“Today, I am asking Governor Kean to conduct a critical review and assessment that will grow infrastructure, increase accessibility and promote excellence in New Jersey’s institutions of higher learning.” – Governor Christie – May 7, 2010
With the usual fanfare in May Governor Chris Christie signed Executive Order 26 establishing the New Jersey Higher Education Task Force. After having several weeks to review the Task Force’s recommendations, Governor Christie held a press conference on Tuesday. Christie’s response was not to help “grow infrastructure, increase accessibility, or promote excellence.” Rather, he simply put his own political signature on creating a Higher Education Council (Executive Order 52), and then kicked the can down the road by indicating the state can not afford additional investments in education now and by forming yet another advisory committee to develop recommendations for graduate medical education (Executive Order 51). He then diverted attention from the report by calling for passage of his own education “tool kit” proposals.
After all the effort of Tom Kean and his fellow members, we are left wondering why Christie established the task force in the first place, and what commitment if any he has to this cause. And we can also wonder about the timing of the press conference and whether it was designed to divert attention from his abdication of responsibility during the recent snow storm.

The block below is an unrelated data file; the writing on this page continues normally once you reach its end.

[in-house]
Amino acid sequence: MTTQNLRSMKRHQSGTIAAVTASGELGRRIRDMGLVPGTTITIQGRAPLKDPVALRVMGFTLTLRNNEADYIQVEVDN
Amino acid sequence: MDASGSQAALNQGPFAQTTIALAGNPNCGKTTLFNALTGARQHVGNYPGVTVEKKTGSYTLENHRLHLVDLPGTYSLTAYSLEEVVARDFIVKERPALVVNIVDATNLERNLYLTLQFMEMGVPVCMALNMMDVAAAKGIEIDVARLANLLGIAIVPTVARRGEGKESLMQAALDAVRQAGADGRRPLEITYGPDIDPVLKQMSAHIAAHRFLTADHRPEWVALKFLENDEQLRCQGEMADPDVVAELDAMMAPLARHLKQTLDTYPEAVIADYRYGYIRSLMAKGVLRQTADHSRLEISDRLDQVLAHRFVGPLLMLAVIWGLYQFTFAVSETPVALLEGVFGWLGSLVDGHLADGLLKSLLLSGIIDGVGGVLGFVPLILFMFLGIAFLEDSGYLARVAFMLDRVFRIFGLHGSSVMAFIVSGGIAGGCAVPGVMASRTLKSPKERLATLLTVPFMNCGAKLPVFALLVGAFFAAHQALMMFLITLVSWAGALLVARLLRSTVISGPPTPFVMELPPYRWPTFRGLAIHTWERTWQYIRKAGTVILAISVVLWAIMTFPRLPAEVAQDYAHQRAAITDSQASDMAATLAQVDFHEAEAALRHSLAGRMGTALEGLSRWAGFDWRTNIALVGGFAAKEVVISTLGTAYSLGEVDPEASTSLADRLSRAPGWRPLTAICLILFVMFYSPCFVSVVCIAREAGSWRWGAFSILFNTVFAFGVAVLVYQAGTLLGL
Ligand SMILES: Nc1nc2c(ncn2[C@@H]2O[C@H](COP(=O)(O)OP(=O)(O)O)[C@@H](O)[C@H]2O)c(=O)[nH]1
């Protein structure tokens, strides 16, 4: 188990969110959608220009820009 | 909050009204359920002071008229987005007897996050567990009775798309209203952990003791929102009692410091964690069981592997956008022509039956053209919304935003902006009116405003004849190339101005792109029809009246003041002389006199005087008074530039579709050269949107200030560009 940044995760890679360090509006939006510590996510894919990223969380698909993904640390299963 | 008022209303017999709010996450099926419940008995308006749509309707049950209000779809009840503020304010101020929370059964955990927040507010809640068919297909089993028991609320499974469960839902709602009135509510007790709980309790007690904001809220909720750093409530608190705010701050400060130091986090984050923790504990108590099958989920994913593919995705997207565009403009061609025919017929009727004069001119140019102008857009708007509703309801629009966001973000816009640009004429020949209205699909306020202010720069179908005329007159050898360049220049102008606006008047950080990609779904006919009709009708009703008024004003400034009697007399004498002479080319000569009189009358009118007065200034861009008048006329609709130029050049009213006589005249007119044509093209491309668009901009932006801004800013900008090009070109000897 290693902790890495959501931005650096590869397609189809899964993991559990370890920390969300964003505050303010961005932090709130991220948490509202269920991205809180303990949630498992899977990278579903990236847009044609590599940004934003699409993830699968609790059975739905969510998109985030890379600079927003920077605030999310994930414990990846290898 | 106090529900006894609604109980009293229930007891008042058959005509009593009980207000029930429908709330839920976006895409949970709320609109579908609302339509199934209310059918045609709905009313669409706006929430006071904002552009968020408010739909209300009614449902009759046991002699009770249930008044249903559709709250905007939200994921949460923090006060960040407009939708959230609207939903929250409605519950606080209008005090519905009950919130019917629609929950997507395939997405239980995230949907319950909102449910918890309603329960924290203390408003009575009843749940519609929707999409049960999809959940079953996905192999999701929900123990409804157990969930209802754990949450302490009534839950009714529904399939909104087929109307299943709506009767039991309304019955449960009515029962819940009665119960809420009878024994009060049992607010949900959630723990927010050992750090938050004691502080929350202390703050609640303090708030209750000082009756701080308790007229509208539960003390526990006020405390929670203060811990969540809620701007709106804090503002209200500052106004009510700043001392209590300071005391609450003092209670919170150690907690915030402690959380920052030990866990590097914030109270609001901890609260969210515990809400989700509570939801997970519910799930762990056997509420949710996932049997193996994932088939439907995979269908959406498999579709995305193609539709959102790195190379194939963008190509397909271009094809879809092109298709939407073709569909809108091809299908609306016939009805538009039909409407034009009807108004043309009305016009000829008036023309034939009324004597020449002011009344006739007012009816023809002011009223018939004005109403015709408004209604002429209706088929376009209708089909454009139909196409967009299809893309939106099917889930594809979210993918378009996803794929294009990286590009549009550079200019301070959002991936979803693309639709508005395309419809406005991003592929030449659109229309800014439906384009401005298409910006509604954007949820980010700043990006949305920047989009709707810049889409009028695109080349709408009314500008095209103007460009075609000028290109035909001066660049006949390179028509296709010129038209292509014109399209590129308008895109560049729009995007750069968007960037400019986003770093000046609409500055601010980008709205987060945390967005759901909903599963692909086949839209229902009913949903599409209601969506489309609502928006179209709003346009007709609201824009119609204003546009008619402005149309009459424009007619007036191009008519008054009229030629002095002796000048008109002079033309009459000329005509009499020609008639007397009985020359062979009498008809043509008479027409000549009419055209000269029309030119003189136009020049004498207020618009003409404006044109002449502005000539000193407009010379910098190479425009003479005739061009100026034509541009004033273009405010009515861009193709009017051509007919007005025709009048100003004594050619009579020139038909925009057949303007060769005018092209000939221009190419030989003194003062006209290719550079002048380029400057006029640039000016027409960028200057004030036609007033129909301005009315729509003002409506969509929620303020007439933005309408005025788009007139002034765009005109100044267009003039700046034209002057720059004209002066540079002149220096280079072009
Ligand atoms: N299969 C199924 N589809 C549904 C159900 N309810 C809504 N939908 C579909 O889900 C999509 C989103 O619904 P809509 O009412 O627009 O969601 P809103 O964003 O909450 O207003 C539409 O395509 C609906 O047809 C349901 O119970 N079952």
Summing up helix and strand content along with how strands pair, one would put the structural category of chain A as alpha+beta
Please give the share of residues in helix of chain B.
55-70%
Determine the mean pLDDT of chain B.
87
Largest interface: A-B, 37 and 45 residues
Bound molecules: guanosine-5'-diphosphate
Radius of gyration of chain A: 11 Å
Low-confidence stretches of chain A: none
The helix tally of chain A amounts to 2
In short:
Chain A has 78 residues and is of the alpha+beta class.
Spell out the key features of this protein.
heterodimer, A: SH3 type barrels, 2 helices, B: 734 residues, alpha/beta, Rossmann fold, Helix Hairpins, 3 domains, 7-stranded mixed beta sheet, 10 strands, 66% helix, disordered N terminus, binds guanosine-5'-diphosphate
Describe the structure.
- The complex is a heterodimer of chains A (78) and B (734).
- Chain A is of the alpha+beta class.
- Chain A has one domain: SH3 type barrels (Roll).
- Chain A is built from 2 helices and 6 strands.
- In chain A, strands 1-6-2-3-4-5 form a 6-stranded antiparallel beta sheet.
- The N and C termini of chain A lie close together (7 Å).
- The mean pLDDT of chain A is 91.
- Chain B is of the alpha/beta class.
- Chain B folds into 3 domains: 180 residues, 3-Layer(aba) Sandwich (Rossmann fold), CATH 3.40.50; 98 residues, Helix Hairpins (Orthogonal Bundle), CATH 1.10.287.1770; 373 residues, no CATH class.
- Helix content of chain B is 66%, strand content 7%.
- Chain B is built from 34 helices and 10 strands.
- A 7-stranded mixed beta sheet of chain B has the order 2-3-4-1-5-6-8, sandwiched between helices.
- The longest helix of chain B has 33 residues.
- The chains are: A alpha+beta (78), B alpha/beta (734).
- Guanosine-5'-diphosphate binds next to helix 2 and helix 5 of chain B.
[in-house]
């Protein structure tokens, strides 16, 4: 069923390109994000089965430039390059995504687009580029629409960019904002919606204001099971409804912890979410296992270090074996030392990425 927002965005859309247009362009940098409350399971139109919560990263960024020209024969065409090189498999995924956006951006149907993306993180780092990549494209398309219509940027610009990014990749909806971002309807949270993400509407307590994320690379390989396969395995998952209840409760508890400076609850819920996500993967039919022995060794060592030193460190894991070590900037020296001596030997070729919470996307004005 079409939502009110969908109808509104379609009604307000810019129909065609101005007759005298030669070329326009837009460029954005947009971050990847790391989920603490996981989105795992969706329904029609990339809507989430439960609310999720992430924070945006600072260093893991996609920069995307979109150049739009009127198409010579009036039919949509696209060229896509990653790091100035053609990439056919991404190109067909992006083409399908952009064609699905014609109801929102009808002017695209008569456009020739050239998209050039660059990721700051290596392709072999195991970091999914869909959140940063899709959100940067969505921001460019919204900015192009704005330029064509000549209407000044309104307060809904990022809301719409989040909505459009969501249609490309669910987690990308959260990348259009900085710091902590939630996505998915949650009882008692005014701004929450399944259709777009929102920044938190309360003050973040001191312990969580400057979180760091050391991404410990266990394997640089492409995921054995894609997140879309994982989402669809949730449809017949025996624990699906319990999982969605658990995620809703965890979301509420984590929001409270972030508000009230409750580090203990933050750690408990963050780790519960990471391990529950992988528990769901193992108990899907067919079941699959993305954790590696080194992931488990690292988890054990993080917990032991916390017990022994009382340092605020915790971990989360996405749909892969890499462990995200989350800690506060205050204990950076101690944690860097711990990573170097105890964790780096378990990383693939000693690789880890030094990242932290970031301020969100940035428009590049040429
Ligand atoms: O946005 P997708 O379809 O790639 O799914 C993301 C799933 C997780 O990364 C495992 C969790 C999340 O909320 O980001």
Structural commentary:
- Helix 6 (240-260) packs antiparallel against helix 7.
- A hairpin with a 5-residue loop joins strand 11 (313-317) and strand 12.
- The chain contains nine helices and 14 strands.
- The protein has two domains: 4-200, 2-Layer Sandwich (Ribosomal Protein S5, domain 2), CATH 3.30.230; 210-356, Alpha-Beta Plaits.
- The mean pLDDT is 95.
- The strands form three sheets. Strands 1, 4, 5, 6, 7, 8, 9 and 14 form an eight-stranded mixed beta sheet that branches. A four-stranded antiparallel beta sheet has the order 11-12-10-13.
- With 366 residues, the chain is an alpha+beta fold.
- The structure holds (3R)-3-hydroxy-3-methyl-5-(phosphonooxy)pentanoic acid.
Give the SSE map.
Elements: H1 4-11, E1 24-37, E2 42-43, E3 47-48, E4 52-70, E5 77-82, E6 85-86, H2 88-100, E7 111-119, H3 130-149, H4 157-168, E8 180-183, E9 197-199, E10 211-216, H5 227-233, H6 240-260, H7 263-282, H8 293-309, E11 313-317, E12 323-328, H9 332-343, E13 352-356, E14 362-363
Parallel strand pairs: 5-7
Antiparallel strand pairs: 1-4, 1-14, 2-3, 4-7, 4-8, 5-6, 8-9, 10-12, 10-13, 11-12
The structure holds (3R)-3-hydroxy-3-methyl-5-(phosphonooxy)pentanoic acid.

Tom Kean’s approach was to empower a new council and a Higher Education Secretary to take on more leadership. The Council Christie created is to consist of five members, all appointed by him and reporting to him, and meeting as infrequently as 4 times a year. Christie so far has shown no interest in appointing a Secretary to this long vacant position.
The Task Force pointed out that New Jersey has the fewest post-secondary seats per high school graduate (page 138) and the lowest state appropriation in Higher Learning (page 126) than any other state. These long-known pressing concerns the governor ignored.
Christie fancies himself an expert on graduate medical education because of his prosecutorial intervention into UMDNJ affairs. However, his only action was to call for the third study of this matter via an advisory committee with an extremely broad mandate encompassing hospitals, medical schools, nursing schools, UNDNJ, Rutgers and even NJIT.
His press release following receipt of the task force’s report spent almost as much space on promoting his Tool Kit as it did on the report itself. Hopefully the Legislature will pay more attention to the report’s recommendations.